I recently finished up a version of Carol Friendlander's "Focal" pattern; my version above is 40 x 48". When using a pattern, I am relying on a designer for the basic composition of a quilt. Much as I enjoy designing my own quilts, I also enjoy taking a break, leaving the major compositional decisions to someone else. But it never ceases to amaze me how many design decisions still have to be made for a quilt, even when working from a pattern. In this way, I find it very different from the sewing and knitting I have done since I was a young girl. Yes, you have to choose the fabric or yarn for those, but that's basically one choice, and then you just follow the pattern. (I know it's possible to do significant adaptation/alteration of such patterns, but I never have.) With a quilt, even the choice of fabric is a whole set of choices, as a quilt typically contains at least two fabrics, and often many more than that. The huge range of choices available in today's quilting stores is very different from choosing the one color of, say, cordoroy, that I was going to use for a skirt. When I first started quilting, I found these choices daunting. I started reading in color theory to help me figure fabric choice; from there I went further into composition, drawing, graphic design, modern art history, and more--all of which has helped me gain confidence in making design choices as I make a quilt, including sometimes designing my own from start to finish.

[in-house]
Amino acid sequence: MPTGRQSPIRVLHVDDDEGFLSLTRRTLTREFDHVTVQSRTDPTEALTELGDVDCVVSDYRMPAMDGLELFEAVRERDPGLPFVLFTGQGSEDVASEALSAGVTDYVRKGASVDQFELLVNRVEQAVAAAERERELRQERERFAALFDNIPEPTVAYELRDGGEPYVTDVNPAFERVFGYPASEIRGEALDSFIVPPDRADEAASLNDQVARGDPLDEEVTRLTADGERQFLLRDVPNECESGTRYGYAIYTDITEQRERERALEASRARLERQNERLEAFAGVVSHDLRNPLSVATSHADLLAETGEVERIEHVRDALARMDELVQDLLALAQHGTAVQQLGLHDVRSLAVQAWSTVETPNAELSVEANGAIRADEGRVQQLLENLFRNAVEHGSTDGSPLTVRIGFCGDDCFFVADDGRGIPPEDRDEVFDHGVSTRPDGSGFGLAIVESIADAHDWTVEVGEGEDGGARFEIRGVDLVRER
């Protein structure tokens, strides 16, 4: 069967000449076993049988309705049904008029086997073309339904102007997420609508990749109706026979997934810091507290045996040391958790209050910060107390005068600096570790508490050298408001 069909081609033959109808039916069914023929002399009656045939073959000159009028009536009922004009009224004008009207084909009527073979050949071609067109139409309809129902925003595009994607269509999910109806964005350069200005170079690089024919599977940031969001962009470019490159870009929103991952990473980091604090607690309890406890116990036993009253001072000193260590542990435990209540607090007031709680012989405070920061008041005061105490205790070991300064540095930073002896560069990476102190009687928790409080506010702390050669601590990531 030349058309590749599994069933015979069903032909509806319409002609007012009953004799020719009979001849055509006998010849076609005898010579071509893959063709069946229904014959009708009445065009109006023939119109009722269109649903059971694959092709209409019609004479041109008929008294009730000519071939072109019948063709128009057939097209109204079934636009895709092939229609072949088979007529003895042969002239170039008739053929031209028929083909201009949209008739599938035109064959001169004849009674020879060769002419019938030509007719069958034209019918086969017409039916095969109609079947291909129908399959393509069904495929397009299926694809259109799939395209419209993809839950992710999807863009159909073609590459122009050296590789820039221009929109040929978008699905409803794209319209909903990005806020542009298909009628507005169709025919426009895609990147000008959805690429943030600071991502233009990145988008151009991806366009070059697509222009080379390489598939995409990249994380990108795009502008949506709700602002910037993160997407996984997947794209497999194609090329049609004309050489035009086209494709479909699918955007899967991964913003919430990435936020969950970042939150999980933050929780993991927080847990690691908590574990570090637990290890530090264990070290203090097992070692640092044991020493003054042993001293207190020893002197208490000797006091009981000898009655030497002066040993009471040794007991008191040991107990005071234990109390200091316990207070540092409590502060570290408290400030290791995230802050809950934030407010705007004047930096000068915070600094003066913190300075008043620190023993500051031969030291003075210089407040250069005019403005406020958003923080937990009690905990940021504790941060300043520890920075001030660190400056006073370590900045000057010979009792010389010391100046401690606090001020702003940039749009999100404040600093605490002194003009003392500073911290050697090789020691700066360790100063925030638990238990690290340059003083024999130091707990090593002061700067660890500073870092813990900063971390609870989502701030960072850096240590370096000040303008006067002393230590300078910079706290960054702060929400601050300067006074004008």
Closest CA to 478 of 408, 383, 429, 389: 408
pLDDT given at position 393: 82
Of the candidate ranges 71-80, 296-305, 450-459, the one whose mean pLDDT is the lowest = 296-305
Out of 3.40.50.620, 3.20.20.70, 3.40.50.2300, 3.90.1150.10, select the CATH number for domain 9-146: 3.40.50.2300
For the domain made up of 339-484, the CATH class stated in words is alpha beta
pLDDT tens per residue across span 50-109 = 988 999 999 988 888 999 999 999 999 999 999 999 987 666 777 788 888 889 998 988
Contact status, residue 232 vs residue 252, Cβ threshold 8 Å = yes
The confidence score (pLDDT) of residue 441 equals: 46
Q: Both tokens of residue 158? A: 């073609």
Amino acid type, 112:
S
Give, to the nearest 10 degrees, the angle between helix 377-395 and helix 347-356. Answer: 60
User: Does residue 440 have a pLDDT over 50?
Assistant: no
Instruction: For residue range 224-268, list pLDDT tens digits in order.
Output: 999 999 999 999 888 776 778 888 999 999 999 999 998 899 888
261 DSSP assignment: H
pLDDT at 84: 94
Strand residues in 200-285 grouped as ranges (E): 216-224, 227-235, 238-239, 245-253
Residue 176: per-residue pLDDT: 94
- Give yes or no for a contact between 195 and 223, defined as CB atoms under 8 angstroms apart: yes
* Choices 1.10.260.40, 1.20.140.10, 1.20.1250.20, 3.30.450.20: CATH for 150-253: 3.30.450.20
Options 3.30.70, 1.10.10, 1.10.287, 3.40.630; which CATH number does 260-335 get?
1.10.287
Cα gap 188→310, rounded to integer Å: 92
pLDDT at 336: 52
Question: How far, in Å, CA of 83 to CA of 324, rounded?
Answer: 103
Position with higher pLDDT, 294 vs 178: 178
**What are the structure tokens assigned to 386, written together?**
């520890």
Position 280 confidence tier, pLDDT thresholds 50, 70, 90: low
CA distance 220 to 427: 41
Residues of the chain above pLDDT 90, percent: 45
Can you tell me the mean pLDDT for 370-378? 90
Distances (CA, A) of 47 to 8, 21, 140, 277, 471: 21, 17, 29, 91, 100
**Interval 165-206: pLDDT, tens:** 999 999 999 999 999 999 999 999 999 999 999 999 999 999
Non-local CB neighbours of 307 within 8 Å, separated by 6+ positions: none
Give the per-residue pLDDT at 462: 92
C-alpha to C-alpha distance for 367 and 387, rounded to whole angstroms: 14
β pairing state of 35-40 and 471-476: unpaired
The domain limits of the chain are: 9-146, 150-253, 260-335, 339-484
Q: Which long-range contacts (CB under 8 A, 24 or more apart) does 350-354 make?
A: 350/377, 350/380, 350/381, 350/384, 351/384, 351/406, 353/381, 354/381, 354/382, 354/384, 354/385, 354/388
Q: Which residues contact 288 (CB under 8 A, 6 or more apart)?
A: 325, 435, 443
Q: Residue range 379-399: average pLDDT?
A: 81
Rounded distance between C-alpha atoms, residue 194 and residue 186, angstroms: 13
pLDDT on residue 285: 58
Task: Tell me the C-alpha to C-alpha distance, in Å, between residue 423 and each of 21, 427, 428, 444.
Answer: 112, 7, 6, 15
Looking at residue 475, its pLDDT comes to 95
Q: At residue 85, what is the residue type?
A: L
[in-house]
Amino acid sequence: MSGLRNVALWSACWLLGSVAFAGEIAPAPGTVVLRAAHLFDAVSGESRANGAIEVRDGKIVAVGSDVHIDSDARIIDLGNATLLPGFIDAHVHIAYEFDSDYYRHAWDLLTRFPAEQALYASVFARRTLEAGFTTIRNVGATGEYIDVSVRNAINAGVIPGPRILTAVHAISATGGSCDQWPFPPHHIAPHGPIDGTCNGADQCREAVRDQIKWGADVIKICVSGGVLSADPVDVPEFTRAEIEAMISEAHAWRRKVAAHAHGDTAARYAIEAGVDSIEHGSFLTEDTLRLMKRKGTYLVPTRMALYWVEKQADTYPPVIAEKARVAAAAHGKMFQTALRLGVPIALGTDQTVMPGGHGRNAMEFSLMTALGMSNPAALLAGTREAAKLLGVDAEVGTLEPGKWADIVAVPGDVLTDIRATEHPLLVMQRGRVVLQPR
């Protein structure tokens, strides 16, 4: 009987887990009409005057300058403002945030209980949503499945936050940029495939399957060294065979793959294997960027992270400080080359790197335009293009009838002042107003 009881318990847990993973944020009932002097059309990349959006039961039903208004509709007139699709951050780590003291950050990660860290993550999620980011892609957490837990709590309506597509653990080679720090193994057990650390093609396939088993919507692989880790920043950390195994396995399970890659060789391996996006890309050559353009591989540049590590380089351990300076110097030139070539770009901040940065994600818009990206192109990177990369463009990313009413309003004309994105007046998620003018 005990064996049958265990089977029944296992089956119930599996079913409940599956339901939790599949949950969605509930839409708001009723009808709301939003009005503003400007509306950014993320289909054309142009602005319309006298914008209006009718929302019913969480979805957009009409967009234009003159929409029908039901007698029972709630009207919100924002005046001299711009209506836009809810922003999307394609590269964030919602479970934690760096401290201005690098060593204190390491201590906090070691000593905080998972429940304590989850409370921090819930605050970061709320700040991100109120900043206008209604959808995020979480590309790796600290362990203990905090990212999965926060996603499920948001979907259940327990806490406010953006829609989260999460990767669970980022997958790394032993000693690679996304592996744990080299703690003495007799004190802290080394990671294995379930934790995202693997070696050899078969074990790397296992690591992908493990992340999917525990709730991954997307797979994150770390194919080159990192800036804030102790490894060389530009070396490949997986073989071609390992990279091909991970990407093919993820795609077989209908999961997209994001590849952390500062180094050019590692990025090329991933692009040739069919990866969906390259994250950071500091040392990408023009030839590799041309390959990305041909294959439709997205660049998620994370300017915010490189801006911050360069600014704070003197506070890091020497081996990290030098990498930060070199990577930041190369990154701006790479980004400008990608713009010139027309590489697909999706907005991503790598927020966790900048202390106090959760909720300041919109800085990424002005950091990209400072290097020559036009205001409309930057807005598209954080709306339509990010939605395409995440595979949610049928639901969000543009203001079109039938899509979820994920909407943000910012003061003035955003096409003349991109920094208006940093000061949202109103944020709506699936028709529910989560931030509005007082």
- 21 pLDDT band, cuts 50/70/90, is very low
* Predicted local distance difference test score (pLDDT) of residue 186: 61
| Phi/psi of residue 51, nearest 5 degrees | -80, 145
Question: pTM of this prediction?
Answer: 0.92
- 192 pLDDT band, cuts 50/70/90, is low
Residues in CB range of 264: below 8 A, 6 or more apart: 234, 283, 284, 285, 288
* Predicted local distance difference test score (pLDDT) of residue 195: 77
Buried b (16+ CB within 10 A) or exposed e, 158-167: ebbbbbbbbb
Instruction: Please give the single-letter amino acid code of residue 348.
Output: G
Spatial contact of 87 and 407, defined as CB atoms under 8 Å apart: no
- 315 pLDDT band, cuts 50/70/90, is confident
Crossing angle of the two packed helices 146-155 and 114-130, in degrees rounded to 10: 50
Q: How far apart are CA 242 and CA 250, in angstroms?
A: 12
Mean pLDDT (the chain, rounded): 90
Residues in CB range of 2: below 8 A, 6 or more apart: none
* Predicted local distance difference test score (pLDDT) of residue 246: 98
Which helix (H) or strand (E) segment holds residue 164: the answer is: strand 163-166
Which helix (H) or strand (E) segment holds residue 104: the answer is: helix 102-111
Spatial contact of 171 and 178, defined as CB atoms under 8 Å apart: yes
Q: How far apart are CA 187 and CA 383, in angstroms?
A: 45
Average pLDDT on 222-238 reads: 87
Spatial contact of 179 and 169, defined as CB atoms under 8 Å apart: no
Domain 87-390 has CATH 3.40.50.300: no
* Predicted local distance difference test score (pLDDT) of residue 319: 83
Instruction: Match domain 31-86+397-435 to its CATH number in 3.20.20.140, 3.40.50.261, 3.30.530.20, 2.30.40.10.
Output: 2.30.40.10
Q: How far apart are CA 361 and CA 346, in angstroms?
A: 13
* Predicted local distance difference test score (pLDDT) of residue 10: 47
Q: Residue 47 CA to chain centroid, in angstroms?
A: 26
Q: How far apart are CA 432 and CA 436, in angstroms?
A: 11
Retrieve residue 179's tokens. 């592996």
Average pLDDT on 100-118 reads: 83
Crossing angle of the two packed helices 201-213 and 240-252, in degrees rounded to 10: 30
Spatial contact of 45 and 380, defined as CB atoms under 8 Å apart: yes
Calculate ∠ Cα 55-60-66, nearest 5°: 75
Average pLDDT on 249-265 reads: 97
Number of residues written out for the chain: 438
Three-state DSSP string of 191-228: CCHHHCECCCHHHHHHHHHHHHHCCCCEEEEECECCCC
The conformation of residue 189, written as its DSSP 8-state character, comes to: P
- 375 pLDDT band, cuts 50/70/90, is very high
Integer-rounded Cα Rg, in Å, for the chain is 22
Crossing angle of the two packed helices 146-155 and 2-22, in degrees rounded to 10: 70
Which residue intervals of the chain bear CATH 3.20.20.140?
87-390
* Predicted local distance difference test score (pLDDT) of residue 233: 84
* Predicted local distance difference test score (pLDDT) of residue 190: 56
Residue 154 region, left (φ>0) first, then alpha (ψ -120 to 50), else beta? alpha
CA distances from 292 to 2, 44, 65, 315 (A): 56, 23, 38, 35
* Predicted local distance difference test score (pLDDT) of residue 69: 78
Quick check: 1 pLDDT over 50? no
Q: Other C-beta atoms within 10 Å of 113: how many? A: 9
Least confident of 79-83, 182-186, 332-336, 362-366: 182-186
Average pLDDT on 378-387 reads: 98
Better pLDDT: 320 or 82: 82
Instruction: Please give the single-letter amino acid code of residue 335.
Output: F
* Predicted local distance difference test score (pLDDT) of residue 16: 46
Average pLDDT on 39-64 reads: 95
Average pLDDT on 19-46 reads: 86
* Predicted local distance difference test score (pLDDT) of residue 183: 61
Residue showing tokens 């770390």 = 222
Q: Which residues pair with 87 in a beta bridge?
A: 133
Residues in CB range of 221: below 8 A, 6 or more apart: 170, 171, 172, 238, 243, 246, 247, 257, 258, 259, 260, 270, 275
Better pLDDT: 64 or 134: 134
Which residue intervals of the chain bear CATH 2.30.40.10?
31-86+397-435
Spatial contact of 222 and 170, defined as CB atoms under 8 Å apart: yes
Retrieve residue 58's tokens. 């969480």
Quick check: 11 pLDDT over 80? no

About the decisions I made when using this pattern by Carol Friedlander: As always, the first choice was for fabrics. I decided to use my hand-dyed fabric for most of the quilt, just using commercial fabric for the little triangles. In an earlier post (which includes a photo of Friedlander's pattern), I talked about how, while keeping the basic compositional design of the pattern, I fundamentally changed the construction process. But while the construction was different, the design remains Friedlander's, and I think it's brilliant!
Other than fabric, my big design choice was what quilting pattern to use for stitching the three layers together. I tried out various designs, and decided to go with a casual, angular floral design in the center section, and then straightline quilting in the border, outlining each "stick." Even that simple choice for the border came only after trying out several different possibilities on a sample piece.
The final choice was the binding. The binding is just 3/8" around the edge, but the right choice can really pull a quilt together. I auditioned various fabrics: aqua, orange, burgundy, and a scrappy sequences of 4" strips of fabrics used in the triangles. I thought the scrappy binding would likely be my choice, but it ended up competing with the triangles, rather than emphasizing them. In the end, I went with a dusky purple, and I think it does its work very well. I didn't have enough of one color for all four sides, and I wasn't in the mood to dye more, so I used one color for top and bottom and another for the two sides. Even though the fabrics looked quite different in the large, uncut pieces, with one both darker and with more red in it, you can barely tell the difference in this close up:
And really not at all when you step away and look at the whole quilt:
For the back, I ended up choosing to dye one piece of fabric, a mottled chartreuse.